Eight weeks into his tenure as Mayor of North Adams, Tom Bernard delivered his first State Of The City address Tuesday night.
Speaking in city council chambers, Bernard drew on a quote from author Scott Turow to talk about North Adams as a living narrative:
“Who are we but the stories we tell ourselves about ourselves and believe?” said Bernard.
Bernard’s story of North Adams was one of progress and confidence:
“It’s a view that encapsulates the best of who we are, and the energy, optimism and pride that will propel us forward," said Bernard.
The mayor took office after winning November’s election for the open seat in Massachusetts’ smallest city. Richard Alcombright stepped down after eight years.
Bernard, a political newcomer, celebrated the city’s current wave of development, including the Norad Mill project, hotel development, the Hoosac River Revival, two new museums, a second brewery, and Greylock Works.
“Our job is to support these efforts, and to create the conditions that translate the success of these projects into a vital, vibrant community,” said Bernard.
He announced plans to work with State Senator Adams Hinds, State Representative and former North Adams Mayor John Barrett, and Massachusetts Governor Charlie Baker to get North Adams a qualified opportunity zone designation. It’s a new federal program that encourages investment in low-income communities.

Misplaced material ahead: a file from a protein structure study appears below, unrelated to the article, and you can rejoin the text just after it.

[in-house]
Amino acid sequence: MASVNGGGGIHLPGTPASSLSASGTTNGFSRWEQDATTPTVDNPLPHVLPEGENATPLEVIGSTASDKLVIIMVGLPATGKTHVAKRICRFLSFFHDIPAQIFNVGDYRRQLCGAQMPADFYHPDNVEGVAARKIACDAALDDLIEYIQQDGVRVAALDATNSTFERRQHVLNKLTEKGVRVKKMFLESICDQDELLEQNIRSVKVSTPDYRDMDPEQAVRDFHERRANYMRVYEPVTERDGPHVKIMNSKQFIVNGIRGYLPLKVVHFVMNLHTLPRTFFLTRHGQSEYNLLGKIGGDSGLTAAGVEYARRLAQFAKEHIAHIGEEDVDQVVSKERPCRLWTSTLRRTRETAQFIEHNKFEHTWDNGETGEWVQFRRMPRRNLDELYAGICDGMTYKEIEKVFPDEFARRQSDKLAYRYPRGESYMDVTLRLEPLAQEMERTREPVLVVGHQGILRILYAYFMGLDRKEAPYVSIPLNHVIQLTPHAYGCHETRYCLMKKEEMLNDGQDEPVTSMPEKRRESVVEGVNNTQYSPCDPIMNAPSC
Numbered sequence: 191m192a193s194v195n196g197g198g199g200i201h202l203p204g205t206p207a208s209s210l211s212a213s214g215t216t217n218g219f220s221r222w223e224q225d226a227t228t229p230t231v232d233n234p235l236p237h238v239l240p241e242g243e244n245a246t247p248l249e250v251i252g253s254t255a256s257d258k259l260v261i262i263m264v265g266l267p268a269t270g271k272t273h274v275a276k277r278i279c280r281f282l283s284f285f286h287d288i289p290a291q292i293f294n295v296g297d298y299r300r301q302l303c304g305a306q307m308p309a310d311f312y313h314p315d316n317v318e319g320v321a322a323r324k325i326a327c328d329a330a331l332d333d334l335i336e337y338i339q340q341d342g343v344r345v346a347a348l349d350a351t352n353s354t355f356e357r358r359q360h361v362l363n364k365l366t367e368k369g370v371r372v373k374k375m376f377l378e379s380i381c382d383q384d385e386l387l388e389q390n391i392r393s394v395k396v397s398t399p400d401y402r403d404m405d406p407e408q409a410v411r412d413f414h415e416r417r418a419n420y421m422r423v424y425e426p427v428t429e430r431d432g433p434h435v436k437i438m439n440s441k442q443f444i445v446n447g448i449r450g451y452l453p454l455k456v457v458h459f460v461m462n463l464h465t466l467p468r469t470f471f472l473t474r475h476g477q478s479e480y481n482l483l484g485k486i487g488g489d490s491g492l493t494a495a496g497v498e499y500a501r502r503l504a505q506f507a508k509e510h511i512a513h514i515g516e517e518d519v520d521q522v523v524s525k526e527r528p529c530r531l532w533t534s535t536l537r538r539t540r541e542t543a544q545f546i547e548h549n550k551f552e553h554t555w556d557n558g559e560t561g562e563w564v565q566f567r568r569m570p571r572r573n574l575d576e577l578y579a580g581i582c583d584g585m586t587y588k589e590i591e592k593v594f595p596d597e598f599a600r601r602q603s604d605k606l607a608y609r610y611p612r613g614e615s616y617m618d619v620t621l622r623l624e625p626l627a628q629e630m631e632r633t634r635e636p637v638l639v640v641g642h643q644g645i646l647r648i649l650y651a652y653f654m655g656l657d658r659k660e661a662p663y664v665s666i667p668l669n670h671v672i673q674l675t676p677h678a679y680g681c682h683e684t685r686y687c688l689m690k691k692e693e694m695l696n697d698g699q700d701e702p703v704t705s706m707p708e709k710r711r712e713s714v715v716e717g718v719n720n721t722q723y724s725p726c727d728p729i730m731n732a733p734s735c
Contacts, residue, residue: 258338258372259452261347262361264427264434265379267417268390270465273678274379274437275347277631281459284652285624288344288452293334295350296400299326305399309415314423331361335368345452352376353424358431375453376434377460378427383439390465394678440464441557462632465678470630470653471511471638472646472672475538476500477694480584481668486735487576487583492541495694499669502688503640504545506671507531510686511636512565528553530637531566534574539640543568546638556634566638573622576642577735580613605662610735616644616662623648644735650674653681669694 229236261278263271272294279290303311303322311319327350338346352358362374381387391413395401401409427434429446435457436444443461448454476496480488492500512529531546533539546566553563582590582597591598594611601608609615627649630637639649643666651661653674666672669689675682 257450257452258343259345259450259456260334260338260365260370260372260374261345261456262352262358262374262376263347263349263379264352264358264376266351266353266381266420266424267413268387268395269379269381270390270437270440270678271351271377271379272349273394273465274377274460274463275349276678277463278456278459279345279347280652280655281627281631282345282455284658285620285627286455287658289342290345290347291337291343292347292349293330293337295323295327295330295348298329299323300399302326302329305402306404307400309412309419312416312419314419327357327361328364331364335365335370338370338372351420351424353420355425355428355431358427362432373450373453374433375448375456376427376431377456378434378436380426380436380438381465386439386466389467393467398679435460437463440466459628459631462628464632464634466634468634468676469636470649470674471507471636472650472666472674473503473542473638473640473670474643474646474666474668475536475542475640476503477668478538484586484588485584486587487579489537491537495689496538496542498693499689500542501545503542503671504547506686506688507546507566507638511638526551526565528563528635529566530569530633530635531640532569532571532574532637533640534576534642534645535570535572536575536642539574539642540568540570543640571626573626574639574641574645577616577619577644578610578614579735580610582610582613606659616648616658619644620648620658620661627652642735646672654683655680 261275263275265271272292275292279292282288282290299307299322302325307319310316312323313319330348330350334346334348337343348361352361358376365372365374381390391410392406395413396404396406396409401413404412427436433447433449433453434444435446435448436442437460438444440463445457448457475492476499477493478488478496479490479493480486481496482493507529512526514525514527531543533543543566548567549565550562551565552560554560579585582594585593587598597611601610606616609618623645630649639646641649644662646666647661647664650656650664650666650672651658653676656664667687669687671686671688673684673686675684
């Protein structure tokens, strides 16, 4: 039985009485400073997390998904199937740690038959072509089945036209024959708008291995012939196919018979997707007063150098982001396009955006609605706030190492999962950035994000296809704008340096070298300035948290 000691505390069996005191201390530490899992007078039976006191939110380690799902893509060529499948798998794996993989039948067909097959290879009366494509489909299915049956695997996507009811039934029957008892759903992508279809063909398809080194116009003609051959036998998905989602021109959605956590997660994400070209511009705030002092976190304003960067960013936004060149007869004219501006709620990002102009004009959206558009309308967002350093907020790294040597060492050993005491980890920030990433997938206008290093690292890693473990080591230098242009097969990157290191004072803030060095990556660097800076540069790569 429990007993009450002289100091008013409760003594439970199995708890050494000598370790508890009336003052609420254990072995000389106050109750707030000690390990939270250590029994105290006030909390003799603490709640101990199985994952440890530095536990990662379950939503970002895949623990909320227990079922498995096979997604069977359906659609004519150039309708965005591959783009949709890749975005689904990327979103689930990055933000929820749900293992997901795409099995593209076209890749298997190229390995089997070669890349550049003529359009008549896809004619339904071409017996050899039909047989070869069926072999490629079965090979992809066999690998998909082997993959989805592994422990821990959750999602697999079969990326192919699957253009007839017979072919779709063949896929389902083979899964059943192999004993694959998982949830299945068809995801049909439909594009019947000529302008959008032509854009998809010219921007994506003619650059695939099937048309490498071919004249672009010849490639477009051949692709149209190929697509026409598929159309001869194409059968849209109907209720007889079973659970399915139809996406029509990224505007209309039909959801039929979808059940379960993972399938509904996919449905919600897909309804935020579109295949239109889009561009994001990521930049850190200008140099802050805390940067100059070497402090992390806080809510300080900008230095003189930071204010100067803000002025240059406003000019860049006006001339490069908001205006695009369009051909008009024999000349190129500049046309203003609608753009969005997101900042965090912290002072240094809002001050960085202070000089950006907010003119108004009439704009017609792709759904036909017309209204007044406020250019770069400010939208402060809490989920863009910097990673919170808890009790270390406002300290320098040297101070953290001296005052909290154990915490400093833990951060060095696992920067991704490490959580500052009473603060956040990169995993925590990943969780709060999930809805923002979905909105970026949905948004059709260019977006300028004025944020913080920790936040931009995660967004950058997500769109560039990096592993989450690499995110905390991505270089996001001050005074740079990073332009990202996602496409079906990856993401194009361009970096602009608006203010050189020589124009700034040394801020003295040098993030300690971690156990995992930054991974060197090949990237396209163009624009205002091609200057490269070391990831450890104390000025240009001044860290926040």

The mayor said the city has landed grants, allowing it to expand parkland, increase arts education in the schools, and begin a study on a new public safety facility. He introduced plans to explore collaborative school administration with nearby districts, and promised to overhaul the city’s website in an effort to improve access to public services.
Bernard also mentioned North Adams’ struggles:
"At the same time, I remain realistic about the challenges we face. Of a declining and aging population in our city and across our region of a budget that continues to approach our tax levy limit, of significant infrastructure and deferred maintenance needs, of the continued need for durable downtown revitalization, and of economic and social challenges such as poverty, addiction, abuse, and mental illness, challenges that far too often land far too close to home,” said Bernard.
Bernard announced a listening tour to meet with city residents and hear their ideas about North Adams.
The speech ended with optimism:
“When there is an issue to tackle, the people of North Adams and the Berkshires know how to mobilize," said Bernard. "We know how to roll up our sleeves, and get things done.”
“I was very happy," said City Councilwoman Marie Harpin. "I was happy because I noticed three things about the mayor’s speech: one, he has a lot of enthusiasm, two, he is very realistic about our community, and three, has a lot of compassion, and he seems like he’s really going to engage the community, so I’m excited about those things.”
She encouraged the mayor to think of North Adams’ most vulnerable:
“I want him to be aware of people that are struggling, and raising our taxes, and making sure that he’s aware that people out there — we have an elderly community that has fixed incomes, and we have a poor community, and I want him to be aware that it’s tough when he raises taxes, and I think that should be at the forefront of all our minds,” said Harpin.